My DS cycles competitively and trains and competes at a very high level. The above post on what type of energy you are using is superb. Additionally after periods of intense exercise your body replenishes muscle and liver glycogen in 2 waves. Once directly after exercise and again 8-10 hours later. So if my son did an intense evening training ride, we would make sure he had a high carb and protein recovery shake with a low amount of insulin but he would still go super low at 4 am. That was the second wave of glycogen replacement. The fix for him is to take in glucose (a gel) every 45 minutes of exercise no matter what his bgl. It might send him a little high for 5 minutes but within 20 he is back where he was. This way he has more circulating available glucose and doesn’t go so deep into his glycogen stores. Understanding what source if energy you are using when you exercise, and how that differs with different types and duration is key to managing bgl’s up to 48 hours after.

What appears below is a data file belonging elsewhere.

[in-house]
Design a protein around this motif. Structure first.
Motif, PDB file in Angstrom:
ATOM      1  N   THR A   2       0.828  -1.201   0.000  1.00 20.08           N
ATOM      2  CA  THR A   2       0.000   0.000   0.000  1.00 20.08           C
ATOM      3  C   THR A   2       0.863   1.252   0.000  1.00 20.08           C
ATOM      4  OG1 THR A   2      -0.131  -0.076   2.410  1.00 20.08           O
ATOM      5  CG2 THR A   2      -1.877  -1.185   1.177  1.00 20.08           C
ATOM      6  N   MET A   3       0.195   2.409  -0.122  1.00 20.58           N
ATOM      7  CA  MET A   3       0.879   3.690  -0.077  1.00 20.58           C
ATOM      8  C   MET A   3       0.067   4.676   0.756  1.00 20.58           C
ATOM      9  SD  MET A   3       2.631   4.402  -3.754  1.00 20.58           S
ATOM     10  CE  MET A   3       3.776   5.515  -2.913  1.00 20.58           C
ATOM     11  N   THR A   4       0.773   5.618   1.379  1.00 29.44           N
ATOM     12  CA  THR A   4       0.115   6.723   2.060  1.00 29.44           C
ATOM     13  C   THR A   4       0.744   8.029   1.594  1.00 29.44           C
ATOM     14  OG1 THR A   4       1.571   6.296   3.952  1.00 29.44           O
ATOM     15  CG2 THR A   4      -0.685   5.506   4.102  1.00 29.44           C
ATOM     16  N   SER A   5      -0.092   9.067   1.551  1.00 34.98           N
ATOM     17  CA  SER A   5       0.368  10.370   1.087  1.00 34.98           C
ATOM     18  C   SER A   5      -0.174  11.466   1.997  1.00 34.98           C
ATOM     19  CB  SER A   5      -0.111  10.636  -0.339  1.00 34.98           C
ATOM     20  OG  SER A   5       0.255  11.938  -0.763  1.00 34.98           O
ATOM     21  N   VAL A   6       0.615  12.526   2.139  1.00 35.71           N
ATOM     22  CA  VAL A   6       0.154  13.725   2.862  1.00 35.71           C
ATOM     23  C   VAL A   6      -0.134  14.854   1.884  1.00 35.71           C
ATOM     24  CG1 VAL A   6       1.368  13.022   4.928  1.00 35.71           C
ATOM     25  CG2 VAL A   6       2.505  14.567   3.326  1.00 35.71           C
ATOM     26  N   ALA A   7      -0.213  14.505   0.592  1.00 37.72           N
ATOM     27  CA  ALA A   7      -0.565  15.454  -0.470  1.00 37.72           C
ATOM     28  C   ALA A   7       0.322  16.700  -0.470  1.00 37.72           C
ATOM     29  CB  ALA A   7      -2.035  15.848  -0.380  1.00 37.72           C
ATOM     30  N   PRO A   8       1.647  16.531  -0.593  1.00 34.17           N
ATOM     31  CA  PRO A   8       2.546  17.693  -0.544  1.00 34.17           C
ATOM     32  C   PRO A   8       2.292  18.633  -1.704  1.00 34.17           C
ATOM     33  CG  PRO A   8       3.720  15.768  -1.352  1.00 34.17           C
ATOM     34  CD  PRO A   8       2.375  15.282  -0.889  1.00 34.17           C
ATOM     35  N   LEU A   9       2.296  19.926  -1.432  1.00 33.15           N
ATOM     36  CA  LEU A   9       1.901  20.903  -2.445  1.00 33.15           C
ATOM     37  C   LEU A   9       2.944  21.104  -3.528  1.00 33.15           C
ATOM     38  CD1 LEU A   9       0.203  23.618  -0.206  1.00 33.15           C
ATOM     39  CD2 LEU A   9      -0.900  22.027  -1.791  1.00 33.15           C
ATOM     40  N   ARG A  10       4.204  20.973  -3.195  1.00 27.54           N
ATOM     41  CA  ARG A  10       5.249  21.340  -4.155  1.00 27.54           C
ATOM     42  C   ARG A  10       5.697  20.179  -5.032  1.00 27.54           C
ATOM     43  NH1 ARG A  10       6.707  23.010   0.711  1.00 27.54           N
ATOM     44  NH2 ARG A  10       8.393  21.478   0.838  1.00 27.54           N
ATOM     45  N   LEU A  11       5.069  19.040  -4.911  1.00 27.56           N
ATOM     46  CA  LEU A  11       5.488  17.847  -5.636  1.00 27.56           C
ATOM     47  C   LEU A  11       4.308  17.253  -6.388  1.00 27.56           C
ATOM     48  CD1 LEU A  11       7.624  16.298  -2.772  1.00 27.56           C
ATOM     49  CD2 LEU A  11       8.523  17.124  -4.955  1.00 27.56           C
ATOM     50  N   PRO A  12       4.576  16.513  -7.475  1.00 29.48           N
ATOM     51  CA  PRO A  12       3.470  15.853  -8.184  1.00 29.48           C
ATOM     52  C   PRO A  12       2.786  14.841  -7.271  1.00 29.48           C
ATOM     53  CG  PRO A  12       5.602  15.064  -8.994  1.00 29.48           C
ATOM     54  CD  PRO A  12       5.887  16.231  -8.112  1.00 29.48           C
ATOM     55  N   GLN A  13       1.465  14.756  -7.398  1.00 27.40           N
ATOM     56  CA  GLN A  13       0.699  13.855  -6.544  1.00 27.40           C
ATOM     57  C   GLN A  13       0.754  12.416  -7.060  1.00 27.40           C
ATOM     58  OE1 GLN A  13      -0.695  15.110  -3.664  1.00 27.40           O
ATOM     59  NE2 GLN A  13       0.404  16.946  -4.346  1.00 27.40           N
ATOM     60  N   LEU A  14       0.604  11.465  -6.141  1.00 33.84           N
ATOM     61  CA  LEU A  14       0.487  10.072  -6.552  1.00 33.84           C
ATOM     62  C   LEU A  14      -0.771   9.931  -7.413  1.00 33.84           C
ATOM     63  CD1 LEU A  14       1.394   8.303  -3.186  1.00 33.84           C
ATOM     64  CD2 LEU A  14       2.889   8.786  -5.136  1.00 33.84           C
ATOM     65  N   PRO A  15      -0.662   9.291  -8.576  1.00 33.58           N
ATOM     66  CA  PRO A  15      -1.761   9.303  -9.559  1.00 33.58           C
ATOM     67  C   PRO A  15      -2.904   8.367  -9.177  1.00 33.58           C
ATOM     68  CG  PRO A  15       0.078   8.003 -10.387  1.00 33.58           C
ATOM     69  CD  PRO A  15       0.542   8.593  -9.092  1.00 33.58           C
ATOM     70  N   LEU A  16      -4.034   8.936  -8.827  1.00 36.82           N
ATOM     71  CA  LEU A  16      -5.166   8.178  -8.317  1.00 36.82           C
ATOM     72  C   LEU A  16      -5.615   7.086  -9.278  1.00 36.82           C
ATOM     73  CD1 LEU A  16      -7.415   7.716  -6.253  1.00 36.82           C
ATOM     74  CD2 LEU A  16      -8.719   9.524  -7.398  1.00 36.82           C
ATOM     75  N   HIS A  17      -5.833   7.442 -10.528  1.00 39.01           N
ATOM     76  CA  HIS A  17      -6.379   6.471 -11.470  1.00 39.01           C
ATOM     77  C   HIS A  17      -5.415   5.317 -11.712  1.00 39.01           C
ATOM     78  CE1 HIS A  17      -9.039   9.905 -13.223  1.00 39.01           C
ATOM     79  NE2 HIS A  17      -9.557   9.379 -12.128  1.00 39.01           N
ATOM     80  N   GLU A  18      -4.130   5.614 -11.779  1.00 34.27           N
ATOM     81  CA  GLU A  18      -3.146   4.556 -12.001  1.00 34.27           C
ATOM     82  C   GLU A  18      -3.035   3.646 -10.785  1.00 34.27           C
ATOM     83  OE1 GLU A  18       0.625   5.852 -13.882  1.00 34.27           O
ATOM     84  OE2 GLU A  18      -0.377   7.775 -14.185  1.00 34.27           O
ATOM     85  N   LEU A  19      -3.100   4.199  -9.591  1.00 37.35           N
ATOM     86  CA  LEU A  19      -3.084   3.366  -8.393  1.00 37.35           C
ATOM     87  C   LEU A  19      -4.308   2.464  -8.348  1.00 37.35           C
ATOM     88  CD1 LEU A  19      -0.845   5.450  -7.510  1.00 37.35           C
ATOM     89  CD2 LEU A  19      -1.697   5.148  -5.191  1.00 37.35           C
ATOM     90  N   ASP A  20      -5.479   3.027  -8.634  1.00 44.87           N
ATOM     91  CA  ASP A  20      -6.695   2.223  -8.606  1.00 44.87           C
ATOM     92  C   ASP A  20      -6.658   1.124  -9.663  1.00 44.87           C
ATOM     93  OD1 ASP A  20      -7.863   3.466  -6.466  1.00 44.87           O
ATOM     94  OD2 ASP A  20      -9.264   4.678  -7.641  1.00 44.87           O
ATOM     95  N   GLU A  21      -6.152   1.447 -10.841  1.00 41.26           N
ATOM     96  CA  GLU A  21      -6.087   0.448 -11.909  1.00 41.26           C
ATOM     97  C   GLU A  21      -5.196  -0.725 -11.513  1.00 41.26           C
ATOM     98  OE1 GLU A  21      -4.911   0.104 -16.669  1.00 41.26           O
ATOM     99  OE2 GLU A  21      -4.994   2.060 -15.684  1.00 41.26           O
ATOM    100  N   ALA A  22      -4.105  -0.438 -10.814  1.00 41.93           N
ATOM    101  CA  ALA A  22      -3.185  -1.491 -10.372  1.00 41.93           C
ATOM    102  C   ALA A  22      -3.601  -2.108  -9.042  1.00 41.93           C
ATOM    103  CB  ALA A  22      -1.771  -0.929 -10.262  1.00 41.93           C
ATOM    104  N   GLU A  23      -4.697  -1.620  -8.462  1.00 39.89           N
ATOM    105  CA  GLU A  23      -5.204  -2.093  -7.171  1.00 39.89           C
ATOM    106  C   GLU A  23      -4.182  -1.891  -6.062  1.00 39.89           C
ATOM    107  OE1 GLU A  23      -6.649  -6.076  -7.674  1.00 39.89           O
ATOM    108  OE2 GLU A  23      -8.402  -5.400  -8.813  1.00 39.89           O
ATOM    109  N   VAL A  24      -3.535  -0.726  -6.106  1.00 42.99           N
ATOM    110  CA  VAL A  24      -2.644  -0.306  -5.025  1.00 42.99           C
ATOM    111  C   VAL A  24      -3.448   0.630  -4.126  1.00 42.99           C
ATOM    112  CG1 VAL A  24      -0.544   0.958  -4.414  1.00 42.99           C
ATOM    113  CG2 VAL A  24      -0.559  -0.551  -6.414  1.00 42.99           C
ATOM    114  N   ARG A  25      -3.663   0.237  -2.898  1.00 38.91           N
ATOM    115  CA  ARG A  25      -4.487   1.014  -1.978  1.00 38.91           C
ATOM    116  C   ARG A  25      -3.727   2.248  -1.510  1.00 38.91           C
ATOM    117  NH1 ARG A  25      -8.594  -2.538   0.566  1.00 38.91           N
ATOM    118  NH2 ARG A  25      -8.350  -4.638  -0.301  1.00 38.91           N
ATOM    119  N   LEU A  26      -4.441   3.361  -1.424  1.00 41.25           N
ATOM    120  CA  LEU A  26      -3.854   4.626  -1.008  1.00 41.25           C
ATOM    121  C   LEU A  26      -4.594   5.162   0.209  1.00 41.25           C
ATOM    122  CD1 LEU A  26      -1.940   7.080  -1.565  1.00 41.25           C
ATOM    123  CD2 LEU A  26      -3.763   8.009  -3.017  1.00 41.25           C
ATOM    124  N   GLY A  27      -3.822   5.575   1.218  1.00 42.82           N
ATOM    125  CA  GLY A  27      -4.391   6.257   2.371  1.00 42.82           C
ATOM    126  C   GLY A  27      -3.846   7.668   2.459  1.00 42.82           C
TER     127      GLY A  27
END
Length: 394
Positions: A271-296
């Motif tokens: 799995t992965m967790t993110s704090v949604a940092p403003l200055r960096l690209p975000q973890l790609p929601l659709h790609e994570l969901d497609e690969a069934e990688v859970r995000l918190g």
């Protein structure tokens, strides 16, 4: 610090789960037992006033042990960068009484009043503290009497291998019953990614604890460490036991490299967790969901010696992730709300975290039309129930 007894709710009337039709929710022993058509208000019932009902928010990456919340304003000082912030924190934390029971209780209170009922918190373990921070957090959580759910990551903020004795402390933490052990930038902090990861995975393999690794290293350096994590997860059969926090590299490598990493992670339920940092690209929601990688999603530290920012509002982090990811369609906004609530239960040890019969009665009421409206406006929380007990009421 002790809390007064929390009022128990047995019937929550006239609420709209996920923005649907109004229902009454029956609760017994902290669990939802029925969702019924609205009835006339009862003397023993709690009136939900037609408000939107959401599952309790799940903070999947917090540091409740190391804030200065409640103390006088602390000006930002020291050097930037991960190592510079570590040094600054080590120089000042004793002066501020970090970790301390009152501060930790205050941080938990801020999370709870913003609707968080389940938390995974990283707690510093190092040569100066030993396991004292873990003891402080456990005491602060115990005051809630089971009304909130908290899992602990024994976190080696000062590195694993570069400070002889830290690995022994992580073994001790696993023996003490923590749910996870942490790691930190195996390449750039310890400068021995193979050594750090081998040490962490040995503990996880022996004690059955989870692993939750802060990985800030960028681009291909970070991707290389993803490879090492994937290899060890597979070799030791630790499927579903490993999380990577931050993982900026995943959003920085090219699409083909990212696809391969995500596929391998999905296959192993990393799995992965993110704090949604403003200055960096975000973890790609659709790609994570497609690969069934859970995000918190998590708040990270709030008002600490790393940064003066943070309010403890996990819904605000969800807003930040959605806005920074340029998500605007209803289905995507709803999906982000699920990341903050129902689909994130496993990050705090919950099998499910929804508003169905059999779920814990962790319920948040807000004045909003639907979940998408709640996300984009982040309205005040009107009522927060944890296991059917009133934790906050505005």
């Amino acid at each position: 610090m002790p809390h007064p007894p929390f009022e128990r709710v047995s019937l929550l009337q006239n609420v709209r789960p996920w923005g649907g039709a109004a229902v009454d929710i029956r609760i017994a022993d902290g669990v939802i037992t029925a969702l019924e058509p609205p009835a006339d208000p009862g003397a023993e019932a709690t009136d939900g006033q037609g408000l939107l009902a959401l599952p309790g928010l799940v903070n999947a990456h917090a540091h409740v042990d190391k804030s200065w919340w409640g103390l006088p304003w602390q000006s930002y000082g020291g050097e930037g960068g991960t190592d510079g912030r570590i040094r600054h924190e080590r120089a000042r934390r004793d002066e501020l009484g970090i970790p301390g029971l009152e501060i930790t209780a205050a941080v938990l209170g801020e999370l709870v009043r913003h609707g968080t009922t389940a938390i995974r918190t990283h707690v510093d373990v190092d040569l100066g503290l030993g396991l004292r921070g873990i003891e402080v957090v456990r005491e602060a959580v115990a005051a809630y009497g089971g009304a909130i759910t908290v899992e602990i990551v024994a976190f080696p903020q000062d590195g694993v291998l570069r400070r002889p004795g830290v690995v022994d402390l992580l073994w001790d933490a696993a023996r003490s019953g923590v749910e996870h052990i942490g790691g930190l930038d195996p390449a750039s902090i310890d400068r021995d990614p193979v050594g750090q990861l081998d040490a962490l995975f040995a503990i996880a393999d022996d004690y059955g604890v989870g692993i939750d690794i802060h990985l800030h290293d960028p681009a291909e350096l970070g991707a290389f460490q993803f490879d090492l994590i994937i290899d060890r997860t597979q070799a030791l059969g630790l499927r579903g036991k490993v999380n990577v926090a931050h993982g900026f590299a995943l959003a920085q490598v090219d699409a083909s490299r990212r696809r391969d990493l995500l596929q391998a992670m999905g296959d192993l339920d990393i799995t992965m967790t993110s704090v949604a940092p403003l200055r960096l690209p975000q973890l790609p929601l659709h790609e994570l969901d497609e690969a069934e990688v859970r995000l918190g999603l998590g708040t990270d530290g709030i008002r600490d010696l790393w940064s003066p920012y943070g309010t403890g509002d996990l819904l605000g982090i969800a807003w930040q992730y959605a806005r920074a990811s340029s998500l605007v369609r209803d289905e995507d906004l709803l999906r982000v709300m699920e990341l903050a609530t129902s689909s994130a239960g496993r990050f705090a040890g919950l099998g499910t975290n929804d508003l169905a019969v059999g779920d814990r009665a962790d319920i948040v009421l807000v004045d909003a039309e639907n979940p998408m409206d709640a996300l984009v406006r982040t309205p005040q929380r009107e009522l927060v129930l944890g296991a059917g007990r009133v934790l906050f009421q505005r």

Yes also, insulin sensitivity increases every consecutive day he exercises and starts to decrease after only 24 hours of no exercise and continues to decrease every consecutive day he doesn’t exercise to levels where we can’t seem to give him enough insulin to be in his target range.
Exercise can be difficult to manage with T1 but it is doable and do well worth it.
Try taking on carbs/sugar earlier than you think you need to and before your bgl starts to go low. You will keep higher circulating glucose available for exercise do you don’t have to dip into your muscle/liver stores so soon. Once those run out, it is very difficult to continue training.